Governments are turning off the internet to silence dissenters at an ‘exponential’ rate—and threatening civil society, says the chief operating officer of Google’s Jigsaw project.
Deliberate internet shutdowns enacted by governments around the world are increasing in frequency and sophistication, according to a recent report. The study, published by Google’s Jigsaw project with the digital rights nonprofit Access Now and the censorship measurement company Censored Planet, says internet shutdowns are growing “exponentially”: out of nearly 850 shutdowns documented over the last 10 years, 768 have happened since 2016. ∞ India’s government has shut off the Internet more than any other—109 times in 2020 alone—and data shows that shutdowns are most common around elections and times of potential civil unrest, leading to claims that it has become a tactic to suppress dissent. But while they are becoming more prevalent, shutdowns are also getting more subtle, using tactics like throttling a URL to dramatically slow its function, blocking particular internet addresses, and restricting the use of mobile data.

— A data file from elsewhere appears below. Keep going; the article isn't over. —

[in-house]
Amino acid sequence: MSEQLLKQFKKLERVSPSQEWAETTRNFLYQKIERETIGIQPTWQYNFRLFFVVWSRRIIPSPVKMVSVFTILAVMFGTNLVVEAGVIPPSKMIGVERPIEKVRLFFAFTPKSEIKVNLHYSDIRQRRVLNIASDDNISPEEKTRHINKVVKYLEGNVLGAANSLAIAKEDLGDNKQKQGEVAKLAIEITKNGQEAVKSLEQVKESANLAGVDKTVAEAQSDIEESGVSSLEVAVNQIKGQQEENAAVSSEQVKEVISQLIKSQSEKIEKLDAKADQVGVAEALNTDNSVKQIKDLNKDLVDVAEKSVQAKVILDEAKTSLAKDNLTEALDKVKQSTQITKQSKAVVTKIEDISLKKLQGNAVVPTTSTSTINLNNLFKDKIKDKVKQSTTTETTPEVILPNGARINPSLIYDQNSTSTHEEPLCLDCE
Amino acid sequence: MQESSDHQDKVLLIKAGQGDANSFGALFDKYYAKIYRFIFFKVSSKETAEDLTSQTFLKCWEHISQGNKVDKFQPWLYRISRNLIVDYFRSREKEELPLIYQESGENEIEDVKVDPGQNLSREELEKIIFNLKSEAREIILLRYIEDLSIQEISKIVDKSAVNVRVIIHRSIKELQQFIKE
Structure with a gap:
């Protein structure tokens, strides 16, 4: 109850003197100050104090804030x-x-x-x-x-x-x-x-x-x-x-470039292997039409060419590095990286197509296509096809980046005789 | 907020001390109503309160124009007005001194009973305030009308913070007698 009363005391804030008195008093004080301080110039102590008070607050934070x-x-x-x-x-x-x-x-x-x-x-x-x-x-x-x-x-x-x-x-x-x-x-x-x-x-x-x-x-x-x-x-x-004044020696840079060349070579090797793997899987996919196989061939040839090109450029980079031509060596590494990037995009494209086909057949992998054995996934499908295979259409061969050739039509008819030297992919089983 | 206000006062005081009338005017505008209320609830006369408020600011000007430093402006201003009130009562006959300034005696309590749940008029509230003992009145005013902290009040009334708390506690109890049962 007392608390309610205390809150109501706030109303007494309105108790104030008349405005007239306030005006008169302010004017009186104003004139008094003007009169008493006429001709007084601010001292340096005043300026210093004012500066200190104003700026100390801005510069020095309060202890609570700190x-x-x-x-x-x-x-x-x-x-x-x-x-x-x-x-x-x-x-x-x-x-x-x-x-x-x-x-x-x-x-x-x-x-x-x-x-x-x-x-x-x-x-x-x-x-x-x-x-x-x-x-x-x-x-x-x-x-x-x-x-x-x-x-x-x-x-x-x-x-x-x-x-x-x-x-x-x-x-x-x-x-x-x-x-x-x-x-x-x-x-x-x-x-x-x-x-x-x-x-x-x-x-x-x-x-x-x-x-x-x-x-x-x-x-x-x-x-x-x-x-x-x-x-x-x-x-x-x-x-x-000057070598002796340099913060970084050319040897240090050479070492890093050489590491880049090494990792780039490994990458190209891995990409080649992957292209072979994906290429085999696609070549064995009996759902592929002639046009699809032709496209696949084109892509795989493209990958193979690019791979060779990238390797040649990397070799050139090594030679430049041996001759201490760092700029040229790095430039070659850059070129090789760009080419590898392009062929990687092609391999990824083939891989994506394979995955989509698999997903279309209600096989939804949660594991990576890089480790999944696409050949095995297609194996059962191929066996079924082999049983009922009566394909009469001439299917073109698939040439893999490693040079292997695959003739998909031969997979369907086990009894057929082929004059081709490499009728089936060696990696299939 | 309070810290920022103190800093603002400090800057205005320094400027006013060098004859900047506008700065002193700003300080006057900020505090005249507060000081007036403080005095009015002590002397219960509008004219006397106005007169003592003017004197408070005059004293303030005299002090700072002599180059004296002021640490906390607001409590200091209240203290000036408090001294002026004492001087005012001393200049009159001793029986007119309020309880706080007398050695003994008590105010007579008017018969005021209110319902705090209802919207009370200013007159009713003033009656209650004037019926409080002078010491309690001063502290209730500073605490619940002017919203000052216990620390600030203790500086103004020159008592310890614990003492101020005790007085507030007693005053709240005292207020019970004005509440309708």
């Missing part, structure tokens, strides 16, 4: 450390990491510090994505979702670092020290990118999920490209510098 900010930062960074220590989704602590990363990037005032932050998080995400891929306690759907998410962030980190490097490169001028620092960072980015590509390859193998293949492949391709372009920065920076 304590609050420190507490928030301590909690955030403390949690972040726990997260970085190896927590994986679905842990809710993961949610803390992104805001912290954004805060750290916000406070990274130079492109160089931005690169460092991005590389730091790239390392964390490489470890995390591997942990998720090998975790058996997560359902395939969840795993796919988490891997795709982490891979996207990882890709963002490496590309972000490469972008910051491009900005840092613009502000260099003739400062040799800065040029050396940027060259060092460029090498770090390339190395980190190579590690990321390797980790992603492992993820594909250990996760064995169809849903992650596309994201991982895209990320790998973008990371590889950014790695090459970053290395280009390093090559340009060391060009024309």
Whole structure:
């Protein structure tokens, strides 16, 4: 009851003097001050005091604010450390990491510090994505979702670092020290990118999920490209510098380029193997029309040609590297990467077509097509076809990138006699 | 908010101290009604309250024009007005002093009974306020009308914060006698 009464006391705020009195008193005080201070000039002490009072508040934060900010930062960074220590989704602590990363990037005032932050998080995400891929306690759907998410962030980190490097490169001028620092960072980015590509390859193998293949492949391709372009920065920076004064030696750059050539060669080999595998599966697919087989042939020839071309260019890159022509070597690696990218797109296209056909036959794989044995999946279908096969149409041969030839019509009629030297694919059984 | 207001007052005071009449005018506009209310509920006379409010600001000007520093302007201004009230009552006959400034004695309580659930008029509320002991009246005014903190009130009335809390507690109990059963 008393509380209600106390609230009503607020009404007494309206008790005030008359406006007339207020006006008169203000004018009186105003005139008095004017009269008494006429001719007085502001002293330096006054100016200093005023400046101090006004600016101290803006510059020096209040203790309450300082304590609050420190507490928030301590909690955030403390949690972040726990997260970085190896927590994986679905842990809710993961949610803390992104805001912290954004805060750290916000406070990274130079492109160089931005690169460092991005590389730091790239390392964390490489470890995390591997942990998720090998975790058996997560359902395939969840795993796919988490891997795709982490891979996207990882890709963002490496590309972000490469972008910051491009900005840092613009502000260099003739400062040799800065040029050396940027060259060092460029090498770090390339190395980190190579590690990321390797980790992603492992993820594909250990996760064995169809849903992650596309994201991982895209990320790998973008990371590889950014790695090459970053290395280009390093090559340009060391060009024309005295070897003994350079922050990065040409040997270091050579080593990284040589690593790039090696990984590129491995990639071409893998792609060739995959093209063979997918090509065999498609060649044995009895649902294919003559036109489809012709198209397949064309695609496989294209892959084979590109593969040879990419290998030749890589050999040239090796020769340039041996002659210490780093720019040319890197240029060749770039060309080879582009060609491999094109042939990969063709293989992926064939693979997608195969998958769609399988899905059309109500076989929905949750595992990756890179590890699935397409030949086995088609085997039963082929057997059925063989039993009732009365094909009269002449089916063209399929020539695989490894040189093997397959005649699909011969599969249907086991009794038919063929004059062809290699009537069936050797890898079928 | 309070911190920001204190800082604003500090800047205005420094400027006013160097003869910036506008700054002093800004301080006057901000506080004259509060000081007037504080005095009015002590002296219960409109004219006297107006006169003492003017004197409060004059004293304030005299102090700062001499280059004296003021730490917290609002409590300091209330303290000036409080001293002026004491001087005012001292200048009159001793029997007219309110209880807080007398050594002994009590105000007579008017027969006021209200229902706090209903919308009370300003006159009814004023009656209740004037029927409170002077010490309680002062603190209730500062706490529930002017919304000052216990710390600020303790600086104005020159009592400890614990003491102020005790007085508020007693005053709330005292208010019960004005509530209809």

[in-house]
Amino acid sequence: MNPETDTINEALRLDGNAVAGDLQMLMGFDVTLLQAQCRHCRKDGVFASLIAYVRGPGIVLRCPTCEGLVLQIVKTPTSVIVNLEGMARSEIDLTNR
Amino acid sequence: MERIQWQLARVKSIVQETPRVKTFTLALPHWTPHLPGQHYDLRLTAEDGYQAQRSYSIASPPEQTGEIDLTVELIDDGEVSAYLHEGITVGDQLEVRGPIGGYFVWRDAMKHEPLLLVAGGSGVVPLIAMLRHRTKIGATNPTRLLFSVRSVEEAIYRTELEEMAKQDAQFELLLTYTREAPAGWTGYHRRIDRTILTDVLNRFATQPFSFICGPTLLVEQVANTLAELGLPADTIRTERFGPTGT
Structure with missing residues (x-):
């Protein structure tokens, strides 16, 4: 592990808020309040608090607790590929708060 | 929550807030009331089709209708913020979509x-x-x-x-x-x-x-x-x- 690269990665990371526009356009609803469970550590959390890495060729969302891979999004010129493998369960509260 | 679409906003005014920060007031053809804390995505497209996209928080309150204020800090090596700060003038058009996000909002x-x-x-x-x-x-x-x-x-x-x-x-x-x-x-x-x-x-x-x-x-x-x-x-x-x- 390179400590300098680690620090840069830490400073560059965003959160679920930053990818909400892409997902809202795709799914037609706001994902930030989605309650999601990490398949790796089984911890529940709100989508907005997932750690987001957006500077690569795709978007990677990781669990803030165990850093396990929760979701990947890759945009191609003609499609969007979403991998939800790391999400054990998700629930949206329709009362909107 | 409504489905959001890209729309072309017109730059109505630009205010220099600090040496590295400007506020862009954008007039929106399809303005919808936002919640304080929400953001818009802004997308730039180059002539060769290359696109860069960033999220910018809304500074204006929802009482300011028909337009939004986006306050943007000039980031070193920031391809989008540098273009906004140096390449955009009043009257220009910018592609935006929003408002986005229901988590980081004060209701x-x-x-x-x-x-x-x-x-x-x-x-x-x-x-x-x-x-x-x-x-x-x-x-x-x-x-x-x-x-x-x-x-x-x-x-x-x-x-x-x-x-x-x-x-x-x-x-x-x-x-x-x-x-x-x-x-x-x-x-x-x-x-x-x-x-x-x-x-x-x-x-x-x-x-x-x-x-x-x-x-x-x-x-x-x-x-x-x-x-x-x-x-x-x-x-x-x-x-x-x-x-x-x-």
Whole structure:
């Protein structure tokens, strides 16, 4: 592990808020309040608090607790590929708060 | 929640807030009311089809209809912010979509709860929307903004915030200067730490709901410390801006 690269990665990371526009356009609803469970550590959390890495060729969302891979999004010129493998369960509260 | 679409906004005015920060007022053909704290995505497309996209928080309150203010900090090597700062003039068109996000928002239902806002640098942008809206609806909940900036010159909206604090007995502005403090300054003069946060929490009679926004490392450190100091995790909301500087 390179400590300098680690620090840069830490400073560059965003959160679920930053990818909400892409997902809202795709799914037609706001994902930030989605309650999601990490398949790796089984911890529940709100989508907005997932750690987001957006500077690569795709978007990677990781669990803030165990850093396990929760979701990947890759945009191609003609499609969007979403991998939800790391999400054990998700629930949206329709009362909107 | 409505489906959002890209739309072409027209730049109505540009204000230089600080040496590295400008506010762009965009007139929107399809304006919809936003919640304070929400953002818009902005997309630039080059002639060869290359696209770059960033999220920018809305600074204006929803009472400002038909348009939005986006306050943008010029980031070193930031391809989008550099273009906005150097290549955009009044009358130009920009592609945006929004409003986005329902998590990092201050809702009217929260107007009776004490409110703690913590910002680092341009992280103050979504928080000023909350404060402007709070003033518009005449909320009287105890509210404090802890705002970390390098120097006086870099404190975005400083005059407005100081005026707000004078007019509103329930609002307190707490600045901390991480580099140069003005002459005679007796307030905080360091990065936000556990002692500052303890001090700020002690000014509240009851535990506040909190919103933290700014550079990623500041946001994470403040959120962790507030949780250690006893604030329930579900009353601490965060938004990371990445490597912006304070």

MIT Technology Review sat down with Dan Keyserling, the chief operating officer of Jigsaw, to discuss the growing phenomenon. . . .